MSM's "Danforth Dialogues" Podcast Focuses on Improving Health Care
MSM President and CEO Dr. Valerie Montgomery Rice speaks with UnitedHealth Group CEO
Andrew Witty about shared commitment to health equity.
Dr. Valerie Montgomery Rice, President & CEO, Morehouse School of Medicine and Andrew Witty, CEO of UnitedHealth Group
ATLANTA – NOVEMBER 21, 2022 – Morehouse School of Medicine (MSM) today published the latest edition of its "Danforth Dialogues" podcast, featuring a conversation between MSM’s President and CEO Dr. Valerie Montgomery Rice and Andrew Witty, CEO of UnitedHealth Group (NYSE: UNH), in which the two leaders discussed a shared commitment to improving health care.
Dr. Montgomery Rice, who is also a member of the UnitedHealth Group board of directors, and Witty, who has been CEO of UnitedHealth Group since February 2021, discussed his unique career in both corporations and academia as well as in helping the World Health Organization (WHO) distribute COVID-19 vaccines, particularly in developing countries and lessons learned from the pandemic.
“With his background in business, academia and the public sector, Andrew brings incredible leadership insights that we can all learn from and utilize no matter what stage we are in our careers, whether we are just starting out or well along in our professions,” said Dr. Montgomery Rice.
Prior to joining UnitedHealth Group, Witty served as CEO of GlaxoSmithKline plc from 2008 to 2017, is former chancellor of the University of Nottingham, a British public research university, and was knighted in 2012 for services to the UK economy. Talking about his effort to help the WHO in distributing COVID-19 vaccines, Witty told Dr. Montgomery Rice he took the role because he believed his broad background “could help bring people together” in time of crisis.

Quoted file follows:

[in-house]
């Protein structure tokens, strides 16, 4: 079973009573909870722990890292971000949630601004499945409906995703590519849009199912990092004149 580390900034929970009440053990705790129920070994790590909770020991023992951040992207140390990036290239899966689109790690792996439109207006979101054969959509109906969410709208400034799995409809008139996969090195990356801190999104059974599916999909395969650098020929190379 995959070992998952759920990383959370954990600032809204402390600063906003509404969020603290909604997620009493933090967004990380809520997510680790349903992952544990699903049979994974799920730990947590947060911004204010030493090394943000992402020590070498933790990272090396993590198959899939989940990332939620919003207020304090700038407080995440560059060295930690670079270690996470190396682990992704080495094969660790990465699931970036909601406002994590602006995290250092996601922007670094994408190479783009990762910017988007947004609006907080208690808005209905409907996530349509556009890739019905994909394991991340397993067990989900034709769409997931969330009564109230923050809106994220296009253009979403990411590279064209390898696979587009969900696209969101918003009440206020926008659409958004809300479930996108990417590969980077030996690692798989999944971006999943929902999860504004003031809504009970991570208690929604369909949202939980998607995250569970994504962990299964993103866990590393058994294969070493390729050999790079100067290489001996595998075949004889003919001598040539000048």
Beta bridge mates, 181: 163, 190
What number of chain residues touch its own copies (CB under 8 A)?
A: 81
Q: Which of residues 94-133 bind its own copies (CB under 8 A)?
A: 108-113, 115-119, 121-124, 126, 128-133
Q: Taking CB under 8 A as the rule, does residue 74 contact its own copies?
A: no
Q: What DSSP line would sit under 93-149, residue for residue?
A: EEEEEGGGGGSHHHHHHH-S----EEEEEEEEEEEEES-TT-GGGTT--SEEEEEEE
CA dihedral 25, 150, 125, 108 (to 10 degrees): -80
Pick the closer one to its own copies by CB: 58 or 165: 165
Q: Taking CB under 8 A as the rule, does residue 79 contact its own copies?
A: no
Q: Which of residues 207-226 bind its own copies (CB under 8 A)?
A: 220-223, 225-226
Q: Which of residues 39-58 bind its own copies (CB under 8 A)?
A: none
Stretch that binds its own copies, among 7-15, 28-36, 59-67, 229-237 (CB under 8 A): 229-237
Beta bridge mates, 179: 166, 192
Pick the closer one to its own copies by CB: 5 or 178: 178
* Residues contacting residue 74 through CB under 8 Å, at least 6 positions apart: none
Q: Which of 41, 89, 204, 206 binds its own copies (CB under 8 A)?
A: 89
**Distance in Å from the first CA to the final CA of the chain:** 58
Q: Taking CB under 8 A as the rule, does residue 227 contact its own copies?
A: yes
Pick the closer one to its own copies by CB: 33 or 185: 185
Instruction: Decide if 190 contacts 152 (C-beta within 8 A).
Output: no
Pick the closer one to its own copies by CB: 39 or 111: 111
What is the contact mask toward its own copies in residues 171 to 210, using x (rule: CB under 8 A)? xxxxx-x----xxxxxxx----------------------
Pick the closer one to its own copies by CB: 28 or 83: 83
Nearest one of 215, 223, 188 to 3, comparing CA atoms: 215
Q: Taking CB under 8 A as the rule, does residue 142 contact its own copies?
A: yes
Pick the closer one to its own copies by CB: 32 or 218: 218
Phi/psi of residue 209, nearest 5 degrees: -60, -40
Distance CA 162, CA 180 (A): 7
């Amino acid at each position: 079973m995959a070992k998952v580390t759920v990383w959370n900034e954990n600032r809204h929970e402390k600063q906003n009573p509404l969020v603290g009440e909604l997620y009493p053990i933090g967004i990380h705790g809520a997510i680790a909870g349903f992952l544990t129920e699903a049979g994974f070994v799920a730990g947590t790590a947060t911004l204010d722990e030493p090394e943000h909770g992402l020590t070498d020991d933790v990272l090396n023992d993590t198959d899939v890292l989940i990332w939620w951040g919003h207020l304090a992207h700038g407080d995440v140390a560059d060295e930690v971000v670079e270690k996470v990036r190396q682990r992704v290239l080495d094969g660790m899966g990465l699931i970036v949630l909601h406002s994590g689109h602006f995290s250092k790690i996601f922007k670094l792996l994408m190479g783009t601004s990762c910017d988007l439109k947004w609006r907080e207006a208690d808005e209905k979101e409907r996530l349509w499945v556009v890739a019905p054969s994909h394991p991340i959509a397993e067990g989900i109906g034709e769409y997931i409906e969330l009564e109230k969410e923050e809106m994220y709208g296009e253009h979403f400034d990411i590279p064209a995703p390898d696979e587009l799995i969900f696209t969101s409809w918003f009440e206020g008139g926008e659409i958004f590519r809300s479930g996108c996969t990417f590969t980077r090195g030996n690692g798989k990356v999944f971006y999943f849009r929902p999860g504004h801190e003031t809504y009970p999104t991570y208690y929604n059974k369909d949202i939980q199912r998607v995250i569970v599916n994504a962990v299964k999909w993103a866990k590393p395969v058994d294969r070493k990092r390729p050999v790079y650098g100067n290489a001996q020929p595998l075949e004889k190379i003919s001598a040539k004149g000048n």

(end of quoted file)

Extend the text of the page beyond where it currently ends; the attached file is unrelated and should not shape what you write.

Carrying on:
“This was a remarkable effort to make sure vaccines were acquired by developing countries,” Witty said. “Within 60 to 90 days of availability, vaccines were being distributed in poorer countries, which was unprecedented.”
Witty and Dr. Montgomery Rice also discussed their shared commitment to improving health equity, particularly in underserved communities. Witty noted that early in his career, he took over an operation in South Africa, shortly before Nelson Mandela became head of the country. “That really changed my views on diversity, how to create a level playing field and trying to understand why people keep talking past each other,” he said.
Dr. Montgomery Rice noted Witty is a great example of leaders who step up in a crisis, stating, “When COVID-19 hit, Andrew did not hesitate. He stepped up. It wasn’t like he didn’t have a lot on his plate. He could have said he was too busy to get that involved. But great leaders are never too busy to get involved when it is all on the line.”
Launched earlier this year, Danforth Dialogues focuses on the leadership lessons from the frontlines of the COVID-19 pandemic and their broader implication for society. Named after the
historic Danforth Chapel on the Morehouse College campus, the podcast series features a cross-section of guests and topics.
To listen and subscribe to the Danforth Dialogues podcast, click here.
For more information about Morehouse School of Medicine, please visit MSM.edu.
About Morehouse School of Medicine
Founded in 1975, Morehouse School of Medicine (MSM) is among the nation's leading educators of primary care physicians, biomedical scientists, and public health professionals. An independent and private historically-Black medical school, MSM was recognized by the Annals of Internal Medicine as the nation's number one medical school in fulfilling a social mission—the creation and advancement of health equity. Morehouse School of Medicine's faculty and alumni are noted for excellence in teaching, research, and public policy, as well as exceptional patient care. MSM is accredited by the Commission on Colleges of the Southern Association of Colleges and Schools to award doctoral and master's degrees. To learn more about programs and donate today, please visit www.msm.edu or call 404-752-1500.
Morehouse School of Medicine